explicit (full) template specialization - cppreference , variable templates(C++14) class template argument deduction(C++17) a class or class template; member function template of a class or class template An explicit specialization of a function template is inline only if it is  Default function arguments cannot be specified in explicit specializations of function templates, member function templates, and member functions of class templates when the class is implicitly instantiated. An explicit specialization cannot be a friend declaration . If

I'd use SFINAE for this. First, let's define two functions, which return error a string for a message:

namespace detail
{
    // for messages with "details" member:
    template<typename MsgType>
    std::string makeMsgString(const MsgType& msg, decltype(MsgType::details)*)
    {
        return "Error: " + msg.error + ", details: " + msg.details;
    }

    // for messages without "details" member:
    template<typename MsgType>
    std::string makeMsgString(const MsgType& msg, ...)
    {
        return "Error: " + msg.error + ", no details";
    }
}

Now, these functions can be used like that:

struct NonSpecificMsg { std::string error; };
struct SpecificMsg { std::string error, details; };

template<typename MsgType>
void reportErr(const MsgType& msg)
{
    std::cout << detail::makeMsgString(msg, nullptr) << "\n";
}

int main()
{
    reportErr(NonSpecificMsg { "some error" }); // 1
    reportErr(SpecificMsg { "some other error", "some details" }); // 2
    return 0;
}

What happens here?

Call 1): NonSpecificMsg does not have a details member, therefore the first overload does not exist. Since MsgType::details does not exist, decltype(MsgType::details)* is not a valid type. SFINAE causes this definition to be ignored instead of throwing an error during compilation. There's only overload 2), which does not access details member.

Call 2): SpecificMsg has details, so both overloads are considered by a compiler. However, variadic function overloads (the second one) always have lower priority than any other matching overload, so the first one is chosen.

Edit: this is a C++11 solution. Unfortunately, decltype was introduced in GCC 4.8.

Edit 2: It turns out that decltype can be used with GCC 4.6 (it was introduced with version 4.3). Version 4.8.1 changed its semantics, but in OP's case, previous versions will work - see GCC's C++ status page

partial template specialization, Allows customizing class and variable (since C++14) templates for a given 3) If any argument is a pack expansion, it must be the last argument in the list as the first partial specialization and has just one function parameter, whose If a primary template is a member of another class template, its partial  Member variables are effectively a global state from the point of view, what's more, a mutable global state if said member changes during the method's execution. By replacing member variable references with method parameters, we can effectively make a function pure.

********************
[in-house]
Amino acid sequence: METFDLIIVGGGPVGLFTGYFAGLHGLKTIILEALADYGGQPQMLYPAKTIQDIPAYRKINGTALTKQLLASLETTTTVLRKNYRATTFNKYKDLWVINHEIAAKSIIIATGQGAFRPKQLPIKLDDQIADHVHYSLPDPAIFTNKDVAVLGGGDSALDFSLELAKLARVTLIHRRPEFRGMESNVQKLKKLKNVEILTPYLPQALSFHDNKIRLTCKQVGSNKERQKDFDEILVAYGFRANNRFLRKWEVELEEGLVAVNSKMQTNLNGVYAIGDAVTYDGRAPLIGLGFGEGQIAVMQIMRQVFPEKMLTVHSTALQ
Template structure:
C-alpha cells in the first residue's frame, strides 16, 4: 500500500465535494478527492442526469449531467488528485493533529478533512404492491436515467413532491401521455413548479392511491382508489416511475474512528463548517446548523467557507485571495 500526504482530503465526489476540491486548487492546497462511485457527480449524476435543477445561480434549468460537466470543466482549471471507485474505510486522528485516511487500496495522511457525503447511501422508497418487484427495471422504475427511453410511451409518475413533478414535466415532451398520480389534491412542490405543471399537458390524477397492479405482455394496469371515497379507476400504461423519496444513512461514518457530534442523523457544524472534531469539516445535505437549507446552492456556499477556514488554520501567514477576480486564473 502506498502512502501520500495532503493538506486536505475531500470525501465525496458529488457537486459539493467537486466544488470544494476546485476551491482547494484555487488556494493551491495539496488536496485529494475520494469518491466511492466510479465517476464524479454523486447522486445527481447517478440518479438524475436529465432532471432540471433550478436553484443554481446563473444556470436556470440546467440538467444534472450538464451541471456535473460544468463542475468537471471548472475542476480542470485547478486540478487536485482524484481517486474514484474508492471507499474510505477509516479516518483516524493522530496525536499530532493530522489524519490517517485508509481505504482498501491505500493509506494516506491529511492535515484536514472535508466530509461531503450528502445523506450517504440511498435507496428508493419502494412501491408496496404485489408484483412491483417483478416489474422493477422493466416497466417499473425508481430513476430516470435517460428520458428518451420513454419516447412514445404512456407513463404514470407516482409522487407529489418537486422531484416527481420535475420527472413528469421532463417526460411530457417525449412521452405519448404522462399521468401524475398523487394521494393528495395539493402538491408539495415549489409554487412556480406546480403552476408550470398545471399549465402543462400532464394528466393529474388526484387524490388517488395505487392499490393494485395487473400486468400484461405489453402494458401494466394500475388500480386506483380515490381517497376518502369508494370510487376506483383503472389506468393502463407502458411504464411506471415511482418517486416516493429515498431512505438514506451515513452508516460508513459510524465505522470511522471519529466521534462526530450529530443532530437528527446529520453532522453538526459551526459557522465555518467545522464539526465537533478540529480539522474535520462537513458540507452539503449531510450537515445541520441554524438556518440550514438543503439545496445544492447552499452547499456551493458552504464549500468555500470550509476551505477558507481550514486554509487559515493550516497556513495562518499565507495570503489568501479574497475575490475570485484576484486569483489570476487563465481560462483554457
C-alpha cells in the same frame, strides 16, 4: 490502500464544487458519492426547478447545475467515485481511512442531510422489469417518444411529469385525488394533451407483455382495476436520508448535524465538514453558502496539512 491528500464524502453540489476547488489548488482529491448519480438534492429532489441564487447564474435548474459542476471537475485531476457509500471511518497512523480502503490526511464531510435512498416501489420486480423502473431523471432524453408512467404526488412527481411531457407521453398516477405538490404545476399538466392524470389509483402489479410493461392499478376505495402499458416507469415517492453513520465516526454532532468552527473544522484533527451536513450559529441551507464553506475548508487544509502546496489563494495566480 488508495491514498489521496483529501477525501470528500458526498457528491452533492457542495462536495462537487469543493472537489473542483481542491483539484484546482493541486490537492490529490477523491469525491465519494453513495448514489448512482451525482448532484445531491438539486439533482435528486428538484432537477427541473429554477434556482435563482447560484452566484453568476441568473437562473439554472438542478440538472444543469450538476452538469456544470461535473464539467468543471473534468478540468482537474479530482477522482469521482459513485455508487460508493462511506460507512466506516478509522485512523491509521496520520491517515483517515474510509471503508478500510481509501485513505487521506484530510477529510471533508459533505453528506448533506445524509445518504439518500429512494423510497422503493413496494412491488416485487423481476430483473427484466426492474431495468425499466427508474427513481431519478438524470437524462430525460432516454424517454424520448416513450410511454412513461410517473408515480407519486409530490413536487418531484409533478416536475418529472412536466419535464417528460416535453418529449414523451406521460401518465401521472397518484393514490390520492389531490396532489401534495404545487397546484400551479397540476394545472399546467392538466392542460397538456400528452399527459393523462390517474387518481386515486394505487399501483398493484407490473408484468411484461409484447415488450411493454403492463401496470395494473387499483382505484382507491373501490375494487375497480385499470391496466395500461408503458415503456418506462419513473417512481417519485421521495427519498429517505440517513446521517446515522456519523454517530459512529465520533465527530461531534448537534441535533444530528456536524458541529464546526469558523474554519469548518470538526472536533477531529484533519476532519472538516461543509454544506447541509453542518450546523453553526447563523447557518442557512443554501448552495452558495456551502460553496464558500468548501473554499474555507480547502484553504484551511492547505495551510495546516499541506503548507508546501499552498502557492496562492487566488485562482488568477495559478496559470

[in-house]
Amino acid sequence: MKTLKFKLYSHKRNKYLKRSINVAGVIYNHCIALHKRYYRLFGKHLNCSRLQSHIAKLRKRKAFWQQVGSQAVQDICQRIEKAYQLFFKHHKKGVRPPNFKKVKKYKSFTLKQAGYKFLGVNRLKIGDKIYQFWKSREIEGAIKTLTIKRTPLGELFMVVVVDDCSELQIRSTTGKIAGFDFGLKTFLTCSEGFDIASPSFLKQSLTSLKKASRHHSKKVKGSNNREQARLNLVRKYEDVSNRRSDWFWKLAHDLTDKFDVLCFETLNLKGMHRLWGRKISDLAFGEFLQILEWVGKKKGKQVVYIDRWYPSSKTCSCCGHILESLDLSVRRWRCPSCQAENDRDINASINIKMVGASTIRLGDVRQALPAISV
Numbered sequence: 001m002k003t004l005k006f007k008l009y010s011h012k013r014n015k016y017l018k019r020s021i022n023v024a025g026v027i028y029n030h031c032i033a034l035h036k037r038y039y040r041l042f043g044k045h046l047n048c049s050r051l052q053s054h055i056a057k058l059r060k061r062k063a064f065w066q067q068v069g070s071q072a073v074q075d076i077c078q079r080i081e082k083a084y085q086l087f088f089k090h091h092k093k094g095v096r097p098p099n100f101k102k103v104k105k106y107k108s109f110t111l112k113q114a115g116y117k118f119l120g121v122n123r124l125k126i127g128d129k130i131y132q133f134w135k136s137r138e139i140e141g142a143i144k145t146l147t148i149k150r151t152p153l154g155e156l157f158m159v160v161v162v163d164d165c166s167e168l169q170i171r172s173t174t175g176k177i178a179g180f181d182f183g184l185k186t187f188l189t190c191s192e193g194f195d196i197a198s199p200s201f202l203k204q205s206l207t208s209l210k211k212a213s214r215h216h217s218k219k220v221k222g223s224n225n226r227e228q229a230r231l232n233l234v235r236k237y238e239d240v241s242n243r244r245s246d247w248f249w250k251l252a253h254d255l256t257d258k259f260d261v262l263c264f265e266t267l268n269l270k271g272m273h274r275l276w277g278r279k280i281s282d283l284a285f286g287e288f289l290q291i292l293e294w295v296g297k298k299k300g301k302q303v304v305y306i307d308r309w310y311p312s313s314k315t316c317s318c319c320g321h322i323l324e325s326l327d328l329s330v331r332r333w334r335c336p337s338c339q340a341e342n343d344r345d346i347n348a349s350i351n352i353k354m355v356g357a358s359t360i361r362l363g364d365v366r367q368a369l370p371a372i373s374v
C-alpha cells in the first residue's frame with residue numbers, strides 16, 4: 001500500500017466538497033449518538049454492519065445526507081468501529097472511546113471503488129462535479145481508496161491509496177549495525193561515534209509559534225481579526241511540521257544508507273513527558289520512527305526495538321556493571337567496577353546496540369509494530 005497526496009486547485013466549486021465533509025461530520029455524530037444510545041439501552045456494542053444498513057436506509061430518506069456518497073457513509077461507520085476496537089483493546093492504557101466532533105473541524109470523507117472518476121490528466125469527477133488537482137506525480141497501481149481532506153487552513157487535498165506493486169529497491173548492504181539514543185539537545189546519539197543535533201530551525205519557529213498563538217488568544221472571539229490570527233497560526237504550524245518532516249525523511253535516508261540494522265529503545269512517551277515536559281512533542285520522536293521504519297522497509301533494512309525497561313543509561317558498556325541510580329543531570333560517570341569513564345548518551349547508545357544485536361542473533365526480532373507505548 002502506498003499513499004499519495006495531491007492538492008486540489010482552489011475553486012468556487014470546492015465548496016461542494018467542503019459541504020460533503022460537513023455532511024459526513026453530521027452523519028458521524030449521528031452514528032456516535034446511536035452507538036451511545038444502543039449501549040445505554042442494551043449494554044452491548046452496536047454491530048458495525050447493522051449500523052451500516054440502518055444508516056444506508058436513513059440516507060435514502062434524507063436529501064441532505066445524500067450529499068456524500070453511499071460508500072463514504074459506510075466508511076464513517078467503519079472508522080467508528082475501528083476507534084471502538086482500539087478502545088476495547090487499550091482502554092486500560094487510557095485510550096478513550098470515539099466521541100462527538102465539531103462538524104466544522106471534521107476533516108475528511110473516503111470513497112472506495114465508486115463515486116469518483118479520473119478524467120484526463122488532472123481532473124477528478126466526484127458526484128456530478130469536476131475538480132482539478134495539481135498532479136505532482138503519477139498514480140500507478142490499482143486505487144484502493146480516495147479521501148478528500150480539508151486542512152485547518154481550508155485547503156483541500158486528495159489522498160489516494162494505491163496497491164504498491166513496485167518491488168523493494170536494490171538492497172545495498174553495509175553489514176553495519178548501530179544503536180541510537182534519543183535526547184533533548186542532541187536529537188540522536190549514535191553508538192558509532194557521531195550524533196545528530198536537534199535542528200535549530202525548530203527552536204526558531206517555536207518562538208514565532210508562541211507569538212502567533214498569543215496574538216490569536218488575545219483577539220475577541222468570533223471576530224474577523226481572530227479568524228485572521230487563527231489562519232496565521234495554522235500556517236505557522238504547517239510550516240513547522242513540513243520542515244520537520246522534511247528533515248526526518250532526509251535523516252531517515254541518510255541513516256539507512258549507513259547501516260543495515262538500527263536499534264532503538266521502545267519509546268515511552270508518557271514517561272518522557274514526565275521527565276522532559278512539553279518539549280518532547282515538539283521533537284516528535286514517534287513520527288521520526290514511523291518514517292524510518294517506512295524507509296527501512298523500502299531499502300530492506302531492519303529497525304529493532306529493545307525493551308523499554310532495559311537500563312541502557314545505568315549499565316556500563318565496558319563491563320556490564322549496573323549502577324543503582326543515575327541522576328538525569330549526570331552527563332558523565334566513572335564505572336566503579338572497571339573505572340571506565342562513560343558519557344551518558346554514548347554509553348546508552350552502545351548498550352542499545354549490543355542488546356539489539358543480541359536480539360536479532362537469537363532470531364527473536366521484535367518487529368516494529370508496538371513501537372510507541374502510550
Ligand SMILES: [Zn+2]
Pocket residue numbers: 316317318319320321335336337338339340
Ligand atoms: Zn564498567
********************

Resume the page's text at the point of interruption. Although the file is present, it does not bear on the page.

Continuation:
Note: This is a C++17 answer written before OP specified their gcc/c++ version. I let it there to hopefully help others.

You can tag your message types and test those tag at compile time:

#include <iostream>
#include <type_traits>
#include <string>

struct HasErrorMember { std::string error = "error"; };
struct HasDetailsMember { std::string details = "details"; };

template<class MSG>
void reportErr(const MSG& msg)
{
    if constexpr (std::is_base_of_v<HasErrorMember, MSG>)   std::cout << "ERROR: " << msg.error;
    if constexpr (std::is_base_of_v<HasDetailsMember, MSG>) std::cout << ", details: " << msg.details;
    std::cout << "\n";
}

struct MsgSimple : HasErrorMember
{};

struct MsgDetails : HasErrorMember, HasDetailsMember
{};

int main()
{
    MsgSimple  ms;
    MsgDetails md;
    std::cout << "error only:\n";
    reportErr(ms);
    std::cout << "error + details:\n";
    reportErr(md);
}

Accordingly to your needs, those tag can embed the members themselves or can be empty, putting the responsibility to ensure member<->tag consistency to the developer.

live demo

explicit (full) template specialization, Allows customizing the template code for a given set of template arguments. class template; (since C++14)variable template · member function of a class An explicit specialization of a function template is inline only if it is declared with the of an explicitly specialized member class template, which is specialized as a  That is, each class's member functions have free access to the other's private members. FALSE True/False: By default, when an object is assigned to another, each member of one object is copied to its counterpart in the other object.

With only C++03, traits is more verbose than with C++11 (as std::is_detected), you might do something like:

#define DEFINE_HAS_SIGNATURE(traitsName, funcName, signature)               \
    template <typename U>                                                   \
    class traitsName                                                        \
    {                                                                       \
    private:                                                                \